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The start of another infection prevention learning curve: reducing healthcare-associated Gram-negative bloodstream infections

  • M.H. Wilcox
    Affiliations
    Microbiology Research and Development, Leeds Teaching Hospitals NHS Trust, Leeds, UK

    University of Leeds, Leeds, UK

    Public Health England, London, UK

    National Infection Prevention & Control, NHS Improvement, UK
    Search for articles by this author
      A decade ago, many believed that reducing meticillin-resistant Staphylococcus aureus (MRSA) bloodstream infections (BSIs) by 50% was unachievable; in England the total declined by ∼90% from its peak [

      Public Health England. Healthcare associated infections (HCAI): guidance, data and analysis. Available at: https://www.gov.uk/government/collections/healthcare-associated-infections-hcai-guidance-data-and-analysis [last accessed October 2017].

      ]. Similar incredulity surrounded a target in England to decrease Clostridium difficile infections by 30%, and yet today these are ∼75% fewer [

      Public Health England. Healthcare associated infections (HCAI): guidance, data and analysis. Available at: https://www.gov.uk/government/collections/healthcare-associated-infections-hcai-guidance-data-and-analysis [last accessed October 2017].

      ]. These remarkable improvements are contrasted by an inexorable rise in Gram-negative (GN) BSIs; since 2012–13, Escherichia coli BSIs have increased by ∼25% in England (from ∼32,000 to ∼41,000 in 2016–17), and so now dwarf MRSA BSIs at their peak by a ratio of about 5:1, and today by almost 50:1 [

      Public Health England. Healthcare associated infections (HCAI): guidance, data and analysis. Available at: https://www.gov.uk/government/collections/healthcare-associated-infections-hcai-guidance-data-and-analysis [last accessed October 2017].

      ]. The increasing incidence of E. coli BSI is an international phenomenon. Between 2005 and 2014 in a stable cohort of 32 hospitals in central France, the incidences of E. coli BSI more than doubled for community-acquired (CA) cases aged >75 years, CABSIs of digestive origin in patients aged 60–74 years, healthcare-associated (HA) BSIs, and BSIs associated with extended-spectrum β-lactamase-producing strains [
      • van der Mee-Marquet N.L.
      • Blanc D.S.
      • Gbaguidi-Haore H.
      • Dos Santos Borges S.
      • Viboud Q.
      • Bertrand X.
      • et al.
      Marked increase in incidence for bloodstream infections due to Escherichia coli, a side effect of previous antibiotic therapy in the elderly.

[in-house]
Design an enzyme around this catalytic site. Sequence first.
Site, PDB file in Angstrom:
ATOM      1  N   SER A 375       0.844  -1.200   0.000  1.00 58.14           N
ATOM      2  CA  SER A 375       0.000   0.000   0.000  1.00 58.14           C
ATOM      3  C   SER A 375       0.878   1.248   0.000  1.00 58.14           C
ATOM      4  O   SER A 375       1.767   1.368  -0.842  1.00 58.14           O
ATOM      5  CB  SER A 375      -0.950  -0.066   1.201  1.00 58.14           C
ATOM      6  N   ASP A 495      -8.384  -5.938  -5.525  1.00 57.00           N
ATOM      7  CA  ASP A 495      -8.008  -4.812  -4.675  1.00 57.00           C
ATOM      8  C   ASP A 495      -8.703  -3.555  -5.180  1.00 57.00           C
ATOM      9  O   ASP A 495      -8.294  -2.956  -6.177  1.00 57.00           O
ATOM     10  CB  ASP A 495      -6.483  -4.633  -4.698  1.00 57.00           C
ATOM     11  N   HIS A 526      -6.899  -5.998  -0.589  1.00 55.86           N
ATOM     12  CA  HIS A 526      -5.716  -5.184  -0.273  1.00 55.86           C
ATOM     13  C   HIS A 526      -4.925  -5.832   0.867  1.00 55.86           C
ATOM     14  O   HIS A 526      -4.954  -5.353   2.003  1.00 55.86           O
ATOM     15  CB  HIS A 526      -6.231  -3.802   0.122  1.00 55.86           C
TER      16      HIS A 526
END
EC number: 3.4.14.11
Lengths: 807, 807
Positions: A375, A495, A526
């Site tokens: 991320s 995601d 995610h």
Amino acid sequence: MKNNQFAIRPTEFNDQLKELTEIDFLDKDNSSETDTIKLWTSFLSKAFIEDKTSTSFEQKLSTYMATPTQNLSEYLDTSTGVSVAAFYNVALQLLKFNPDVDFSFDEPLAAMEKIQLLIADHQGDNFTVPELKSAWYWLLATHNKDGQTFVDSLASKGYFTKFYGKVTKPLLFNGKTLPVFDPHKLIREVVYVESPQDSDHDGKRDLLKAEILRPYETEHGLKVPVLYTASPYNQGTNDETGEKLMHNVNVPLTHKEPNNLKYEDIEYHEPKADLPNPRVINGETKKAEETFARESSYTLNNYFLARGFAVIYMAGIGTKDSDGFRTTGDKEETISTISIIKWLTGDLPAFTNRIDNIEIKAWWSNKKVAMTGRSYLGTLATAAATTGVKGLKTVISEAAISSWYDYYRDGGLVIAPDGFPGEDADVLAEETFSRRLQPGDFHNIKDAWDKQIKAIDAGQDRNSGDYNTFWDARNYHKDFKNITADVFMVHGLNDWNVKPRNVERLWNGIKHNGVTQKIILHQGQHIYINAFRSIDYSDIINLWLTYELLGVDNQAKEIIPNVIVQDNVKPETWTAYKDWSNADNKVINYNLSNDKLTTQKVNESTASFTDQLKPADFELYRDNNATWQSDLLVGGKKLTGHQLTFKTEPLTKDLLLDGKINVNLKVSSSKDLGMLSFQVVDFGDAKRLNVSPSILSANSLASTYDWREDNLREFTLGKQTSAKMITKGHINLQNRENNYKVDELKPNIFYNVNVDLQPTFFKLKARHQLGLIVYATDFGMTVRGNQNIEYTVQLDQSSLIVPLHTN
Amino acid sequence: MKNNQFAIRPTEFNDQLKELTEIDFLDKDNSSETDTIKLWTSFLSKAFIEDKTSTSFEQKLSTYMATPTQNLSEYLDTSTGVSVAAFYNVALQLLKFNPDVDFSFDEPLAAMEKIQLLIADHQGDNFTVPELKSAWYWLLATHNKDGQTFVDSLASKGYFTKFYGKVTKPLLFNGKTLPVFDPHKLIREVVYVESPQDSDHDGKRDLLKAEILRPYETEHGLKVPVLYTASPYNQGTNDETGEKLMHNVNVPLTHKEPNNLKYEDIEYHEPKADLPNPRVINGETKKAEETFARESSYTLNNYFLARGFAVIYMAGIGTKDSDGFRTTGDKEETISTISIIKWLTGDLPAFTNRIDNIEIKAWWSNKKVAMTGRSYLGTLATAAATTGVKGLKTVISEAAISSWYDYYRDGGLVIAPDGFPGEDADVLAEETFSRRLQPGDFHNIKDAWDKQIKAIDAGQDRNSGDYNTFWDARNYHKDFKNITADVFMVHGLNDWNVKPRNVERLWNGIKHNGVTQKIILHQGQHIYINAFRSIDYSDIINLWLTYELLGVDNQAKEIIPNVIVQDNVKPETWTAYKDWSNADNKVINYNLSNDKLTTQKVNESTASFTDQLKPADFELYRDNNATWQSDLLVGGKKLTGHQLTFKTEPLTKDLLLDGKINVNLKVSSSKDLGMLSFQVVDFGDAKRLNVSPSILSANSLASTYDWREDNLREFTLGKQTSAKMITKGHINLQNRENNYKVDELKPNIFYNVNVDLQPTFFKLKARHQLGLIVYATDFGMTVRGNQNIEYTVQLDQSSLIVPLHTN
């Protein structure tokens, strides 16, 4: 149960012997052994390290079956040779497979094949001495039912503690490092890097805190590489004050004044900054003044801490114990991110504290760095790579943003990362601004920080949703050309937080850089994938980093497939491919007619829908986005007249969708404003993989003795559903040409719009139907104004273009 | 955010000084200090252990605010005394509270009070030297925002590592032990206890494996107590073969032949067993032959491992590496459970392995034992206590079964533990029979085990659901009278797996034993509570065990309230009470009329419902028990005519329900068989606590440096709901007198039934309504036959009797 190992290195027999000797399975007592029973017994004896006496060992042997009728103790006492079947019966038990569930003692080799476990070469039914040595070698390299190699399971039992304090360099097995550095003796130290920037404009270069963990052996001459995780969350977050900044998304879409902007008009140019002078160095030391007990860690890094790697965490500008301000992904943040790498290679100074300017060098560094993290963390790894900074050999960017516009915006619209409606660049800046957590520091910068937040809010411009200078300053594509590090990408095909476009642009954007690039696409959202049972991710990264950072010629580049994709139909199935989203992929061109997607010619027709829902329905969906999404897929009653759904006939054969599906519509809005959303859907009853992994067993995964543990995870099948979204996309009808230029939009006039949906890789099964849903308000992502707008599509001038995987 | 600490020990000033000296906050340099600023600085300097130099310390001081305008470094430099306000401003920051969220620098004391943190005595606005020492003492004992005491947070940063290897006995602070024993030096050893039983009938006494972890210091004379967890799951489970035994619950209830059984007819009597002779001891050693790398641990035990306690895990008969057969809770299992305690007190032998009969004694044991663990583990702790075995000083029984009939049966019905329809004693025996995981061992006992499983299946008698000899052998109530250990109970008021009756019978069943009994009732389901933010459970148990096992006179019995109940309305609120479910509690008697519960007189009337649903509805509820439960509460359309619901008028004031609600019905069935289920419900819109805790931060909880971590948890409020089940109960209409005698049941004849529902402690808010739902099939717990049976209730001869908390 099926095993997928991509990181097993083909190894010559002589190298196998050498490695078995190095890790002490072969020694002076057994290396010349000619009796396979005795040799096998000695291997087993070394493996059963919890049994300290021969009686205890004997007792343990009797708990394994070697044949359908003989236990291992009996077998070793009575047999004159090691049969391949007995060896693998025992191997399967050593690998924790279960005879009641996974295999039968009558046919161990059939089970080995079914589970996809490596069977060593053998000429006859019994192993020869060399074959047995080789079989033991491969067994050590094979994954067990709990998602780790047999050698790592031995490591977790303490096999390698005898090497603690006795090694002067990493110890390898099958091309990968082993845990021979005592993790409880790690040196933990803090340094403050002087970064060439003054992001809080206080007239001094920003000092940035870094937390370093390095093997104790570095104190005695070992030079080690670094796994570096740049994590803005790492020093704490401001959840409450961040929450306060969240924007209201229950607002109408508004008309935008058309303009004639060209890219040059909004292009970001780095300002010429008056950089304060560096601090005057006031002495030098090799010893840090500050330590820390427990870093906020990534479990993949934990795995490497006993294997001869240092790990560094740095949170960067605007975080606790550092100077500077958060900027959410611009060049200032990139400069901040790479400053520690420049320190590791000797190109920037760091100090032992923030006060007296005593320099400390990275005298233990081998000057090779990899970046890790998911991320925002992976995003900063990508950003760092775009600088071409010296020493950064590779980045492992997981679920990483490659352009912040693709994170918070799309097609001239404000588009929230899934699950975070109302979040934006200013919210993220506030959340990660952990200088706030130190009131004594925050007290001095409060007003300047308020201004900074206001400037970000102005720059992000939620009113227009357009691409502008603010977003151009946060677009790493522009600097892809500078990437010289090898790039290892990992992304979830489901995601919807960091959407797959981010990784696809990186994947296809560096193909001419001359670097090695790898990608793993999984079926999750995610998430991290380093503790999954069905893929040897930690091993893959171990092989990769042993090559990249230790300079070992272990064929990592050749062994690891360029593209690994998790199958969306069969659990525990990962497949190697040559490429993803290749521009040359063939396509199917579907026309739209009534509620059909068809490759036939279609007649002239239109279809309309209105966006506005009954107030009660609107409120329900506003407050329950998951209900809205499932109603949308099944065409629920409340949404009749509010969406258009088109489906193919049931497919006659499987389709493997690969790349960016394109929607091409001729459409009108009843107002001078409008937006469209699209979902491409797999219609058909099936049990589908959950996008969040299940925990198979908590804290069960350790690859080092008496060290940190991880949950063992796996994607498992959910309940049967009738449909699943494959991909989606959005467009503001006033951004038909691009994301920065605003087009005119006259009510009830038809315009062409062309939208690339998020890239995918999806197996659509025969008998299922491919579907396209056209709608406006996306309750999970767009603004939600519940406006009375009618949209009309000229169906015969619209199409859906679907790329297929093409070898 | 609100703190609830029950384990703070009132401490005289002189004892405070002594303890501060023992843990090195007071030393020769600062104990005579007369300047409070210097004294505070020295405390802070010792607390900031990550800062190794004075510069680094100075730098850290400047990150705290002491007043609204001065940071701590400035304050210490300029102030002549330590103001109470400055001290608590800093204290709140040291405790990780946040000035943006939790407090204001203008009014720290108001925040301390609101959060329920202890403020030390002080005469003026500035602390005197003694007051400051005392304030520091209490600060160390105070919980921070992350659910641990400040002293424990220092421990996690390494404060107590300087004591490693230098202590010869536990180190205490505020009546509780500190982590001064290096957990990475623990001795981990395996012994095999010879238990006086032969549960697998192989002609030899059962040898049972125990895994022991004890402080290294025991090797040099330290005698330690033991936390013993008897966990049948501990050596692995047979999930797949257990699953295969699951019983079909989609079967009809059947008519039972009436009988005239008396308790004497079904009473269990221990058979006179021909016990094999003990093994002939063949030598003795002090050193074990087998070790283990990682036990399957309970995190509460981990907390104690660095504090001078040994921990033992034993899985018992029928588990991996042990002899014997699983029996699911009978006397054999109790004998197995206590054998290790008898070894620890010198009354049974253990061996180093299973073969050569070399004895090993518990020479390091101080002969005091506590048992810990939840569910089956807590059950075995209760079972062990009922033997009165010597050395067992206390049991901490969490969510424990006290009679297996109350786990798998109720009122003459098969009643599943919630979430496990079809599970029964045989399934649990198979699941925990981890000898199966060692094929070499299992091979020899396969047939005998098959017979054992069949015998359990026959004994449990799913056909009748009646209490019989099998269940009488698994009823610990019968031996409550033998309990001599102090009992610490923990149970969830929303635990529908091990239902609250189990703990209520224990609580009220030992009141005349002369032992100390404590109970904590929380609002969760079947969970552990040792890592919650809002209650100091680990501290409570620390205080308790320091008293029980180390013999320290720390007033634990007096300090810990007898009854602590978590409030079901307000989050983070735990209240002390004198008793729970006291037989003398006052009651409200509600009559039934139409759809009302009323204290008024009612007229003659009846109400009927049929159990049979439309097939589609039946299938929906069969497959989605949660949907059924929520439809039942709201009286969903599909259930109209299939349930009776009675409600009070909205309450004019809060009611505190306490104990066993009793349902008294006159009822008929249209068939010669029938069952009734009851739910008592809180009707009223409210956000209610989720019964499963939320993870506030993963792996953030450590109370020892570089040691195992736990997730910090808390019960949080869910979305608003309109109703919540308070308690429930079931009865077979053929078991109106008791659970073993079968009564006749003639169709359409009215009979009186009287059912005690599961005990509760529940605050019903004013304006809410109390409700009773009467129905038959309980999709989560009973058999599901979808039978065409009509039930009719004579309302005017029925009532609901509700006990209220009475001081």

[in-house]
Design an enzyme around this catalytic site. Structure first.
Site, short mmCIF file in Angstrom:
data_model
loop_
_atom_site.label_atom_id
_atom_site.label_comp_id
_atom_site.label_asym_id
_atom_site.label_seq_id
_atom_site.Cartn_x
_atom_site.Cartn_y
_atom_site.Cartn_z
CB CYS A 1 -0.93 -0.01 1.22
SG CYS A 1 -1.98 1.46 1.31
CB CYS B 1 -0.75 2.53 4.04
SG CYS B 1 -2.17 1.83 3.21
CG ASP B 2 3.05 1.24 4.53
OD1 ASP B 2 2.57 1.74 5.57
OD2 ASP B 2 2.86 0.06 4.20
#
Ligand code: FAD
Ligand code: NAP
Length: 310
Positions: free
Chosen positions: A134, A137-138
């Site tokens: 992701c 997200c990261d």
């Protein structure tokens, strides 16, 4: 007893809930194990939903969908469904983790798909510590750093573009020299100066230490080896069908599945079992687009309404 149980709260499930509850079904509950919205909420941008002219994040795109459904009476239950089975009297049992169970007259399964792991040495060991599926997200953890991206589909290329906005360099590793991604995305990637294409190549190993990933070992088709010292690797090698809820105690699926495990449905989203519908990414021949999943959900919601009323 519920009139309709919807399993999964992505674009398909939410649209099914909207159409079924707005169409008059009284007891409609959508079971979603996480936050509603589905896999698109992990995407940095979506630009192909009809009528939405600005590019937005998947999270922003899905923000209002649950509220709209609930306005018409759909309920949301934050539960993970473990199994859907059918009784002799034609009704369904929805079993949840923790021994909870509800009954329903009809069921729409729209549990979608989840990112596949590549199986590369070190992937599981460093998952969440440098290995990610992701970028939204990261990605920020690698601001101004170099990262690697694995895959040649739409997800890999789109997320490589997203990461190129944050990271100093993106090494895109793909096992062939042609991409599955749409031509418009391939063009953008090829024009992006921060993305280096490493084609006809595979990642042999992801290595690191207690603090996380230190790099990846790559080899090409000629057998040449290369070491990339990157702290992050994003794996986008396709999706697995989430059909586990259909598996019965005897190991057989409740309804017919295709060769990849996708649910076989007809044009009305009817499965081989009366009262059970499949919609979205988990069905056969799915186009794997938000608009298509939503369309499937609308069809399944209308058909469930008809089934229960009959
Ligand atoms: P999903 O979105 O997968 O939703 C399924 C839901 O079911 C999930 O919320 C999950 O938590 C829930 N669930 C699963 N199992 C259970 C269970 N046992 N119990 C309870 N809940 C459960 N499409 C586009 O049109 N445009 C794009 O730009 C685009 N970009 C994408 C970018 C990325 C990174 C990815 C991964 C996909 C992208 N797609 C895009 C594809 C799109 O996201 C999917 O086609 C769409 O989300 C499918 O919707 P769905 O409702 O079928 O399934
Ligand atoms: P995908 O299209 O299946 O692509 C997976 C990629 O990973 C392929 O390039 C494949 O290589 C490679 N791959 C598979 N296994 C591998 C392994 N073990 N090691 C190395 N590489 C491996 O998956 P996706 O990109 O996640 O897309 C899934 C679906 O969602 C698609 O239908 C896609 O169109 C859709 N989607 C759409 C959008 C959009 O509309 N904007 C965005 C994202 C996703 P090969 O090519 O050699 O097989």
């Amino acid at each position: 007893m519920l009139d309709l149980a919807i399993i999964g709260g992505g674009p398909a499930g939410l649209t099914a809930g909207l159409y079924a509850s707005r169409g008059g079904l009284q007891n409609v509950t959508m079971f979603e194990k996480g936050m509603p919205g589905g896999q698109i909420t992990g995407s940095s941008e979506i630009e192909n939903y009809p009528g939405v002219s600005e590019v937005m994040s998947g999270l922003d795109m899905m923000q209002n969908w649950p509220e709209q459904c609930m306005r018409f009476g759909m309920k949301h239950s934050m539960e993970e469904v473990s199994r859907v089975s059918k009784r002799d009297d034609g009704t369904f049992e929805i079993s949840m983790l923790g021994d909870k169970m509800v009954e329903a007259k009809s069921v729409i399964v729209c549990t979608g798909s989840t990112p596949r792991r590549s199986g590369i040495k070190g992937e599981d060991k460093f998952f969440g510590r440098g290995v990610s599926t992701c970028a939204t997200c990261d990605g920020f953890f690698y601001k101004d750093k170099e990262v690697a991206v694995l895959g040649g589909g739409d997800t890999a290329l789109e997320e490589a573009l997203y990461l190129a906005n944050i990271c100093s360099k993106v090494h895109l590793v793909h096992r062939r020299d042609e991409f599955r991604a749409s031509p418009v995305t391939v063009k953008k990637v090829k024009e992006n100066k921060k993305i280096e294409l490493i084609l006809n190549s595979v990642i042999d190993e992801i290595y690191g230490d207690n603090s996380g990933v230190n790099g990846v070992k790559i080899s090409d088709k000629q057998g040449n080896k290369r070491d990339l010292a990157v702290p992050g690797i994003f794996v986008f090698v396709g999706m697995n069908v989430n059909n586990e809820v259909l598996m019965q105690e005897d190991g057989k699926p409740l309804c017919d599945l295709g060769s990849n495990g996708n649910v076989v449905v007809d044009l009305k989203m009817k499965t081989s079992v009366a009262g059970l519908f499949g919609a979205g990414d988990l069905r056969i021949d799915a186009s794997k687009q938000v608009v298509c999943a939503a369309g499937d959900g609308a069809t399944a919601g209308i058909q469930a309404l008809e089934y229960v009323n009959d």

]. Also, national surveillance data from Switzerland show significant increases in the incidence of BSIs caused by E. coli and non-E. coli Enterobacteriaceae (P < 0.001) between 2008 and 2014 [
      • Buetti N.
      • Atkinson A.
      • Marschall J.
      • Kronenberg A.
      Swiss Centre for Antibiotic Resistance (ANRESIS). Incidence of bloodstream infections: a nationwide surveillance of acute care hospitals in Switzerland 2008–2014.
      ]. Hence, the scale of the new National Health Service (NHS) ambition to reduce HA GNBSIs by 50% by 2021 in England is daunting [

      NHS Improvement. Preventing healthcare associated Gram-negative bacterial bloodstream infections. Available at: https://improvement.nhs.uk/resources/preventing-gram-negative-bloodstream-infections/ [last accessed October 2017].

      ].
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      References

      1. Public Health England. Healthcare associated infections (HCAI): guidance, data and analysis. Available at: https://www.gov.uk/government/collections/healthcare-associated-infections-hcai-guidance-data-and-analysis [last accessed October 2017].

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      • Response to ‘The start of another infection prevention learning curve: reducing healthcare-associated Gram-negative bloodstream infections’
        Journal of Hospital InfectionVol. 99Issue 4
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          We read with interest the recent article by Wilcox outlining the steep curve ahead in reducing healthcare-associated Gram-negative bloodstream infections (HA-GNBSIs) [1]. Increasing Gram-negative resistance, coupled with the paucity of new antimicrobial agents, is a significant concern shared by clinicians, infection prevention control (IPC) practitioners, and policy-makers alike. Although the increase in numbers of GNBSIs appears to be an international phenomenon, unlike some of our European counterparts, the proportion of E. coli BSIs in England that were multidrug resistant (MDR) remained static between 2012 and 2016, with 5% of isolates reported as MDR for each consecutive year during that period (defined as resistant to all third-generation cephalosporins, an aminoglycoside and a quinolone) [2].
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